Jack was one of the original 13 Legends and retired from running in 2007 after his 30th consecutive Melbourne Marathon. Here is an extract from the Channel 9 telecast of 2007 run where Jack is interviewed when he finished. It might take a little while to load on a slow connection but is well worth the wait.
Jack passed away in 2017 and the tribute below was published in the April 2017 newsletter. The author is Pete Battrick, himself a Spartan Legend and friend of Jack.
Our two most renowned Spartans are Shirley Young and Jack Gubbins. Both were great examples of what senior athletes can achieve and both had great personal buzz. Last year Shirley passed away and more recently Jack passed away on March 11th, just before his 88th birthday. Jack had been battling the onset of MS for several years but passed away just after walking 1.5K to his Saturday night Mass service. Passed away in his usual pew and with his Ironman Triathlon Track Suit on!
Jack and his brother Jim (S0119) grew up in Newport and were dedicated footballers. When Jack married Pat they moved across to Dandenong. Jack then played football with Oakleigh YCW which is now Oakleigh Chargers in the VAFA. When he was ‘too old’ for the Firsts, he took over as Captain/Coach of the Seconds. They won a number of premierships under Jack’s leadership. Finally Jack ‘had’ (very reluctantly) to give up football so he and Jim swapped to running. And along came the Melbourne Marathon. Jack ran in the first Melbourne Marathon, running 4h 5m at the age of 49. After an unbroken record of thirty Big M’s, he ran his last Marathon in just over six hours at the age of 78. He retired on the spot as he crossed the Finish Line. (See the video mentioned above) He was a Spartan Legend. He was involved in the Spartans as much as he could be, and the quickest Spartan Male each year is awarded the Jack Gubbins Medal in his honour. But it wasn’t only in Marathons that Jack was a trail blazer. Summers for the Gubbins family had a high emphasis on beach activities and they had a beach house down at Torquay. The first Triathlon in Victoria was promoted in November 1981. Jack completed it and was now hooked on Triathlons as well as Marathons. Jack was now training for marathons, swimming in the old Noble Park Pool and the surf down at Torquay, and started training on the bike. He then began riding in the 210K Round the Bay bike ride and had completed ten circuits of that event. Most of the ten would be while in his 70’s. Jack competed in the annual 1200M Pier to Pub swim at Lorne and, by finishing ten of those, had become a member of the Sharkbait Club (“Spartans” sounds a lot safer than “Sharkbait”!). His exploits set an example for his extended family and five years ago there was a great photo of Jack, two sons, and a grandson all having just finished the Pier to Pub Swim.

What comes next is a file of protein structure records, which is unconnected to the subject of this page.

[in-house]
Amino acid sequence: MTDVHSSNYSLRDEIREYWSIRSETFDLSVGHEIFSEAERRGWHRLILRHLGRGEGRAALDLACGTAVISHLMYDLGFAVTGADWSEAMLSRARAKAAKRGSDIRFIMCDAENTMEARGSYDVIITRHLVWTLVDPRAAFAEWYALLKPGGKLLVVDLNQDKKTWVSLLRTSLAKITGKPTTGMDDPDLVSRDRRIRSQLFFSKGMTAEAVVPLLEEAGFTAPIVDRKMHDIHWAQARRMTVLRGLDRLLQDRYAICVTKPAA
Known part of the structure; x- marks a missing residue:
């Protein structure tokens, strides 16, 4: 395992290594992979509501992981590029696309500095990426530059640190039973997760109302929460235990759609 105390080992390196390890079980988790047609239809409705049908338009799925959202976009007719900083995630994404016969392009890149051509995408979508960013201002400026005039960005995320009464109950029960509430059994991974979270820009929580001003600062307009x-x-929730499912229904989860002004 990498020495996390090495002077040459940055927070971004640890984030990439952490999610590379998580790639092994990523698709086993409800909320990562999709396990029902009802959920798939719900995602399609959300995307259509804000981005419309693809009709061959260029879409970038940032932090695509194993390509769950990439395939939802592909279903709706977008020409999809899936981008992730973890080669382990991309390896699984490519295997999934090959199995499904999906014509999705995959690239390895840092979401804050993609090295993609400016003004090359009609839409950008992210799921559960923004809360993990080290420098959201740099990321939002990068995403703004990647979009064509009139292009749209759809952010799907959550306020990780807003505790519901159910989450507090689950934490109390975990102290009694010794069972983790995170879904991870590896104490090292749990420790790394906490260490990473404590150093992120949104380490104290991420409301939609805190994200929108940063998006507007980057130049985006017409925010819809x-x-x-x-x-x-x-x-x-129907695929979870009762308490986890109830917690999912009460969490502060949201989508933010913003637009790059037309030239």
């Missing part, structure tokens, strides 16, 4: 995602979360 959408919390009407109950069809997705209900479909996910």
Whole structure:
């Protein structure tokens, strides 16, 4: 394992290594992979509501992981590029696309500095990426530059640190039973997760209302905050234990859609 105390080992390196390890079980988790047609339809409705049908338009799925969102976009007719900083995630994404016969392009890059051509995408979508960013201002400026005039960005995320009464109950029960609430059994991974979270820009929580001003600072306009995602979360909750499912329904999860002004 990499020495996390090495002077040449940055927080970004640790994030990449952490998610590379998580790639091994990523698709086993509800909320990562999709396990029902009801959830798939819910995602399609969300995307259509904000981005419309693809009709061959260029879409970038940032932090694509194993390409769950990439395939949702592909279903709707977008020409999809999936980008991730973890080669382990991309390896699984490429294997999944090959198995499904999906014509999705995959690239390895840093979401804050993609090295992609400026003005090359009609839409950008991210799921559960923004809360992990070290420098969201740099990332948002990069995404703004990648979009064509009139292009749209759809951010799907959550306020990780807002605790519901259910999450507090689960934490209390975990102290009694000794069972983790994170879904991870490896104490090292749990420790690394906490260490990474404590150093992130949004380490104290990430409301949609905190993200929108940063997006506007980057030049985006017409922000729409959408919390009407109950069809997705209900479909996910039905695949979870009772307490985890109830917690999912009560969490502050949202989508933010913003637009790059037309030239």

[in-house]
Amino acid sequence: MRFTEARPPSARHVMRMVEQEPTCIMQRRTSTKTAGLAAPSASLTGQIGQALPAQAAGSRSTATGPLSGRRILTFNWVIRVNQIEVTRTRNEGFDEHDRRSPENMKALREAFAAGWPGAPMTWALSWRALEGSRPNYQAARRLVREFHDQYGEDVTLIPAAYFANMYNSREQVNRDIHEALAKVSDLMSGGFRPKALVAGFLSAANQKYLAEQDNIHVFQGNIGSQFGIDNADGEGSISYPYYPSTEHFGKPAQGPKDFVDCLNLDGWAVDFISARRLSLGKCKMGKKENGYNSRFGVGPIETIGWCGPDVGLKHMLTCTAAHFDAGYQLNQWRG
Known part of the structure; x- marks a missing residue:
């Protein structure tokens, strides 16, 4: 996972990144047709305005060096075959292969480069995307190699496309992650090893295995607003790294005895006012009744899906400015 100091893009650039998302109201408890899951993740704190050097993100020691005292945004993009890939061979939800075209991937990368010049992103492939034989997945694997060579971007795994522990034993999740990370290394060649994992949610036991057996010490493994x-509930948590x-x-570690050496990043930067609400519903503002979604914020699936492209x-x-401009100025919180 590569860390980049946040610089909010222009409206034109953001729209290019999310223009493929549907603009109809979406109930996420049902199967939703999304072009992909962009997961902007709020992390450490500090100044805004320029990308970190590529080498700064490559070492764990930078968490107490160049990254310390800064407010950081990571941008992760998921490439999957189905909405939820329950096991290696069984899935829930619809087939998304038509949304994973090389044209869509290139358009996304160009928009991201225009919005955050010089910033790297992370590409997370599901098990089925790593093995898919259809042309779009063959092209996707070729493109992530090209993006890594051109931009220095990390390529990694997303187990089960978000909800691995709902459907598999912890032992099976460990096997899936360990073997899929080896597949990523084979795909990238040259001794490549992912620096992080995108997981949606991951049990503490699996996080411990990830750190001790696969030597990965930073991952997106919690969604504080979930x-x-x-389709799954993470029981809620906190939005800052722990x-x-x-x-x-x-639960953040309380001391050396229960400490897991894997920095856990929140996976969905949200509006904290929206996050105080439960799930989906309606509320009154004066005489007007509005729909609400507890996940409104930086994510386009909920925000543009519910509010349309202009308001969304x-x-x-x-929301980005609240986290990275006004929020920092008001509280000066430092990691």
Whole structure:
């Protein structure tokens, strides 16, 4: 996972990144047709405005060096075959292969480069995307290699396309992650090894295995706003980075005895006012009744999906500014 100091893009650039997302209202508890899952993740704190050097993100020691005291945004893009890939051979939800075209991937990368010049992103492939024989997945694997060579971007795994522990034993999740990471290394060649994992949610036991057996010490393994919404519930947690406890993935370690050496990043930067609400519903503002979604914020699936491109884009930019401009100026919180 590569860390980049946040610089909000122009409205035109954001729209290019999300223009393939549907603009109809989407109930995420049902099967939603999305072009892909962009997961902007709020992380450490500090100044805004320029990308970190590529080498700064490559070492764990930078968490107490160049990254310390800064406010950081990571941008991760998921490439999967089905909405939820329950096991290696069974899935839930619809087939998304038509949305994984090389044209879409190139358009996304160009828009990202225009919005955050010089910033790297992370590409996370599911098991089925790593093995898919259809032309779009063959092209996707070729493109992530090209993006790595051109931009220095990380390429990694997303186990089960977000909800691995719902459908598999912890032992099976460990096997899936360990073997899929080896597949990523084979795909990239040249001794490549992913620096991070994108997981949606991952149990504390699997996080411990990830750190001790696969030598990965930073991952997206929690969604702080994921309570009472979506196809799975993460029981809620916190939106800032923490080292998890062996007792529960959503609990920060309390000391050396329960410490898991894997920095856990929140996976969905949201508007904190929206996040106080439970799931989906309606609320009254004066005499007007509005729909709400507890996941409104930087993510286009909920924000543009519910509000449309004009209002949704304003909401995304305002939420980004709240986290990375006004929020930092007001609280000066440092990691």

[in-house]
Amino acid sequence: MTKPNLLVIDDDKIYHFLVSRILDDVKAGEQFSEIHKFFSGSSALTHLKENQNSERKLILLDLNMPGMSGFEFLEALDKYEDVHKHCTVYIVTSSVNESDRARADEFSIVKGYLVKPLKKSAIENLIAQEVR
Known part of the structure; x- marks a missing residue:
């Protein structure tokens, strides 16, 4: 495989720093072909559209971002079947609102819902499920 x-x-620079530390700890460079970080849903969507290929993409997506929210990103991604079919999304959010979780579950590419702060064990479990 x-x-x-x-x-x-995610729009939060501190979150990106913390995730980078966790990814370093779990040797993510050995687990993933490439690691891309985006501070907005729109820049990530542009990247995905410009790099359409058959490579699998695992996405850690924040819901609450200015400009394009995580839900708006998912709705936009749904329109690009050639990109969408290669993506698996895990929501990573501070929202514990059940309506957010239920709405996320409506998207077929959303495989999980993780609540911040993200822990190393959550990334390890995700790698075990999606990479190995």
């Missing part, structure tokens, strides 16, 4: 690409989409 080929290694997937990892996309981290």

Though I already knew Jack through the Spartans, I got to know Jack, and his special triathlon mate Brian Lynch, through the Dandenong Triathlon Club and training at the old Noble Park Pool. Brian and Jack competed together in triathlons but then moved up to racing in the triathlon Ironman event at Forster in NSW. Jack competed in his first Ironman (3.8K swim, 180K ride, then a 42K run) a month after his 70th birthday. Channel 9 were doing a telecast and Jack featured well in that. Brian (alias Lynchie or Iron Brian) is 5 years younger than Jack and is also a very accomplished triathlete, a prolific age group winner. They spent a lot of time training together, plus interstate trips to compete in Forster. On occasions the local paper featured them leading off on a training ride together. Jack had raced as a 70+ year old in several Olympic distance (1500, 40, 10) and on reaching 75 he won the M75 World Championship in Madeira, 30 minutes in front of second place. He was due to defend his title the following year but the date clashed with the Melbourne Marathon, so he opted for the marathon. Jack ‘had a go’ at many events but particularly as an older competitor. His example to all of us to keep going as we age is exemplary. His friendly personality endeared him to many.
To Pat and family, to Brian, and to all Jack’s other friends and associates, we are very fortunate to have been involved with such a real gentleman and masters trail blazer.
Legends Jack Gubbins, Shirley Young and Pete Battrick with their medals after the 30th Melbourne Marathon.
This video, also from the 2007 marathon telecast, includes an interview with Jack a few days before the race. He explains his training regime. Jack’s interview starts around 1 minute 45.
See more about Jack as one of the Legends.